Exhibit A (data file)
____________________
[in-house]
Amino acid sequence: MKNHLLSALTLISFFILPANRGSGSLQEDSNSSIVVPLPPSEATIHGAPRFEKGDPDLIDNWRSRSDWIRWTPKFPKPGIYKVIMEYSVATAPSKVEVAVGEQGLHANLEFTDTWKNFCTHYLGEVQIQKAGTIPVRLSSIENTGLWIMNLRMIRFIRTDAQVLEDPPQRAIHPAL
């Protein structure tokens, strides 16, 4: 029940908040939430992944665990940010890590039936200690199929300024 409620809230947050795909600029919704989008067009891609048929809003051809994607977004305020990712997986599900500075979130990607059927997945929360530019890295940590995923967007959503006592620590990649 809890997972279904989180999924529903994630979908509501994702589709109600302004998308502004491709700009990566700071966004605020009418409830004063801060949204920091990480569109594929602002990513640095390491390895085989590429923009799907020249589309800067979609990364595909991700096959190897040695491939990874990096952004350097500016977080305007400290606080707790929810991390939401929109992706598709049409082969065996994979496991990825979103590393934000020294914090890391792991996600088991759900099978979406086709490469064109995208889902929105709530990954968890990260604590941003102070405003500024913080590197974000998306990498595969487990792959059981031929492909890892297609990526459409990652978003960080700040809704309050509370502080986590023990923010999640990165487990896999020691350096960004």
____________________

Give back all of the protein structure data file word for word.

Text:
[in-house]
Amino acid sequence: MKNHLLSALTLISFFILPANRGSGSLQEDSNSSIVVPLPPSEATIHGAPRFEKGDPDLIDNWRSRSDWIRWTPKFPKPGIYKVIMEYSVATAPSKVEVAVGEQGLHANLEFTDTWKNFCTHYLGEVQIQKAGTIPVRLSSIENTGLWIMNLRMIRFIRTDAQVLEDPPQRAIHPAL
């Protein structure tokens, strides 16, 4: 029940908040939430992944665990940010890590039936200690199929300024 409620809230947050795909600029919704989008067009891609048929809003051809994607977004305020990712997986599900500075979130990607059927997945929360530019890295940590995923967007959503006592620590990649 809890997972279904989180999924529903994630979908509501994702589709109600302004998308502004491709700009990566700071966004605020009418409830004063801060949204920091990480569109594929602002990513640095390491390895085989590429923009799907020249589309800067979609990364595909991700096959190897040695491939990874990096952004350097500016977080305007400290606080707790929810991390939401929109992706598709049409082969065996994979496991990825979103590393934000020294914090890391792991996600088991759900099978979406086709490469064109995208889902929105709530990954968890990260604590941003102070405003500024913080590197974000998306990498595969487990792959059981031929492909890892297609990526459409990652978003960080700040809704309050509370502080986590023990923010999640990165487990896999020691350096960004």